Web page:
Earth system models describe the physical, chemical and biological processes that govern our global climate. While it is difficult to single out one component as being more important than another in these sophisticated models, terrestrial vegetation is a critical player in the biogeochemical and biophysical dynamics of the Earth system. There is much debate, however, as to how plant diversity and function should be represented in these models.
A recent review in Annals of Botany traces the origins of the plant functional types (PFT) concept from its origin in the early 1800s to its current use in regional and global dynamic vegetation models (DVMs). Special attention is given to the representation and parameterization of PFTs and to validation and benchmarking of predicted patterns of vegetation distribution in high-latitude ecosystems. These ecosystems are sensitive to changing climate and thus provide a useful test case for model-based simulations of past, current and future distribution of vegetation.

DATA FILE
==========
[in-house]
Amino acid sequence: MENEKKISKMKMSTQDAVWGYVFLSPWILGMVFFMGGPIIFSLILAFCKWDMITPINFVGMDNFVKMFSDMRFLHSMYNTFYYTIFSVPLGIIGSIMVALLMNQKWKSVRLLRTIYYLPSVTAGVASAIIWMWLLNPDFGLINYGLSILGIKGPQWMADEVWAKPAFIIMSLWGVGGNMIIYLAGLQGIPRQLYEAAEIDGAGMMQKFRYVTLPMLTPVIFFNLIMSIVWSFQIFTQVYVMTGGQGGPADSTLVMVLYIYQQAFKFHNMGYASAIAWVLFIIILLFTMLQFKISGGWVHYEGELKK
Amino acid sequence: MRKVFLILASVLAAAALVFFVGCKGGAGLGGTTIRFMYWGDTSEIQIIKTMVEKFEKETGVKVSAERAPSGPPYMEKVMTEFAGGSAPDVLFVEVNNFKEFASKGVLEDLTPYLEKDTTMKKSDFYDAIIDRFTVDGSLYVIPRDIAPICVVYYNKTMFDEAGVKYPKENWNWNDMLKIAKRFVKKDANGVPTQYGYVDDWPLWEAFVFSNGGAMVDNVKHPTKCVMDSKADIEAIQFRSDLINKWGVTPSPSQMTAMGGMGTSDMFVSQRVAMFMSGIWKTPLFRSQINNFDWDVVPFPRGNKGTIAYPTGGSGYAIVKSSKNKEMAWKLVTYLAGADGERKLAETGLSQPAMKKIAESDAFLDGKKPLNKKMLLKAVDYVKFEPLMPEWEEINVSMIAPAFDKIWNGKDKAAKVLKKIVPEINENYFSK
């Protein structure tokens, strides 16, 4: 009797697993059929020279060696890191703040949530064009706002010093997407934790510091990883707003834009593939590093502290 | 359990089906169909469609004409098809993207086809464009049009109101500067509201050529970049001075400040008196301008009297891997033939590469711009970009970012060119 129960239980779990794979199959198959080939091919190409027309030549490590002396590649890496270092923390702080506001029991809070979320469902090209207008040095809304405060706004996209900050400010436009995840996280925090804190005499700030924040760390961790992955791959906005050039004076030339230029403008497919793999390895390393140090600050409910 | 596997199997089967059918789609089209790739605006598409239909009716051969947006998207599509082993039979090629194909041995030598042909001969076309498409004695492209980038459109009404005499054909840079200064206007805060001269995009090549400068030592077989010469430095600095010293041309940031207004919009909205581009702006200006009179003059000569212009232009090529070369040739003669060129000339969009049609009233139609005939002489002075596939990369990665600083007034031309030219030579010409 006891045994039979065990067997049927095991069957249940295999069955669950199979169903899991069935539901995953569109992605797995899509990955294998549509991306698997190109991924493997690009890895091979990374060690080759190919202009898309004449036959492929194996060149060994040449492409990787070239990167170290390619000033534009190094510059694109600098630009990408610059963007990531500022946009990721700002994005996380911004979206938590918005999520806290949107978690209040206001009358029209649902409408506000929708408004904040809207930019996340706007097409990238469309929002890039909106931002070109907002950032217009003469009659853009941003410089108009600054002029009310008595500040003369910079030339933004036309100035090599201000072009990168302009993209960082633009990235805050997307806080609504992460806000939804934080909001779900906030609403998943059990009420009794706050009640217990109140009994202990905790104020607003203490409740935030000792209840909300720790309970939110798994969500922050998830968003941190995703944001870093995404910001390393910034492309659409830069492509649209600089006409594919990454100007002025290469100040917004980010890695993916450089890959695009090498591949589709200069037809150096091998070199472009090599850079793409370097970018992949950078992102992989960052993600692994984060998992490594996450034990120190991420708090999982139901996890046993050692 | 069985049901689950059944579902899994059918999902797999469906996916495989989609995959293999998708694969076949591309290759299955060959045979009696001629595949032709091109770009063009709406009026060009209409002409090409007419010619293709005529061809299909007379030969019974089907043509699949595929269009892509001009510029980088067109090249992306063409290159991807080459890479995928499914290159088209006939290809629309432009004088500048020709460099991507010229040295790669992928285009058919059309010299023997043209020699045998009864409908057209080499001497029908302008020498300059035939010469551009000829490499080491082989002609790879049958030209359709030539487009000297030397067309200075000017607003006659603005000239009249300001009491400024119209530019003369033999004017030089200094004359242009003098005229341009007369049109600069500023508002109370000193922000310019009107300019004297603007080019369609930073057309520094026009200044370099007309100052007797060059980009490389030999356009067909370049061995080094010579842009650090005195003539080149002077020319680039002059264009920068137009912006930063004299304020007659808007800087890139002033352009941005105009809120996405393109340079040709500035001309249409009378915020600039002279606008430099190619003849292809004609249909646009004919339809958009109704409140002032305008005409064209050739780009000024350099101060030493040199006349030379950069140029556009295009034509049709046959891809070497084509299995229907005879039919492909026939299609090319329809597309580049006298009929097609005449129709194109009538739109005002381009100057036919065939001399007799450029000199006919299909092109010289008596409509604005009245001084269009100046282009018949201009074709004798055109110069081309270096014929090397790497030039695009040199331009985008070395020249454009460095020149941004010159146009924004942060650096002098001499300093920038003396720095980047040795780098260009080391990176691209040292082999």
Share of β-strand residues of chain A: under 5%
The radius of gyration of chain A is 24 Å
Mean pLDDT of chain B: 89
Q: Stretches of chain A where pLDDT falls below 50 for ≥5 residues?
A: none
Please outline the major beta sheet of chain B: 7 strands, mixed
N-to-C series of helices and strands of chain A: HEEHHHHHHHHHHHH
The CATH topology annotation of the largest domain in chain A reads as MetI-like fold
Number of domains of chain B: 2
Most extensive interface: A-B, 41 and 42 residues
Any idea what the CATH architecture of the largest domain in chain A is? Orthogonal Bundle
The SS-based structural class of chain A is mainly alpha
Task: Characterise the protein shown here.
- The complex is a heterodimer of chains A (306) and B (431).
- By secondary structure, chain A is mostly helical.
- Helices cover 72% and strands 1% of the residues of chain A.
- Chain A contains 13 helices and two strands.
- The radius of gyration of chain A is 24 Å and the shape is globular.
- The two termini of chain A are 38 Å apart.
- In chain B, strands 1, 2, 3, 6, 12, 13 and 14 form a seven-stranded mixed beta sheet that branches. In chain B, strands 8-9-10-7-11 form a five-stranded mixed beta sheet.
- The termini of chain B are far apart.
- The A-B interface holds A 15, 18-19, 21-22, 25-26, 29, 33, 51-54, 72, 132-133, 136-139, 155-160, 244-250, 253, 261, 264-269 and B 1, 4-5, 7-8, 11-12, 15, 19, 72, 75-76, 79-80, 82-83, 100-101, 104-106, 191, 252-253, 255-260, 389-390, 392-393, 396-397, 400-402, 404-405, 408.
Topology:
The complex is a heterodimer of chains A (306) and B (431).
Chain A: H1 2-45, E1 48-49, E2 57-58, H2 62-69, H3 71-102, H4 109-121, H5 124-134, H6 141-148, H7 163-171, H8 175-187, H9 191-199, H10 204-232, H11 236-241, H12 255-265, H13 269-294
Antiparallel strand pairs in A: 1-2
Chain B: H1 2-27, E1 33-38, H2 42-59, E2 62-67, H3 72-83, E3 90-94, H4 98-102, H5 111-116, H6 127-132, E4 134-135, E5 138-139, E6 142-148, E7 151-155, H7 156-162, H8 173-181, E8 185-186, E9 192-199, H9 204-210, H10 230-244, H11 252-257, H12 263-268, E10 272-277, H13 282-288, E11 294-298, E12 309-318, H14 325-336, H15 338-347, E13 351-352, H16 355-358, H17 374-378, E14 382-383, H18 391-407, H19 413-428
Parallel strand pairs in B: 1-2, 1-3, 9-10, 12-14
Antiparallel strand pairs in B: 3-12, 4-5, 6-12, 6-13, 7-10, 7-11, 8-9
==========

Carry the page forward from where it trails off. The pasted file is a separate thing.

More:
Wullschleger, Stan D., Howard E. Epstein, Elgene O. Box, Eugénie S. Euskirchen, Santonu Goswami, Colleen M. Iversen, Jens Kattge, Richard J. Norby, Peter M. van Bodegom, and Xiaofeng Xu. (2014) Plant functional types in Earth system models: past experiences and future directions for application of dynamic vegetation models in high-latitude ecosystems. Annals of Botany 114 (1): 1-16. doi: 10.1093/aob/mcu077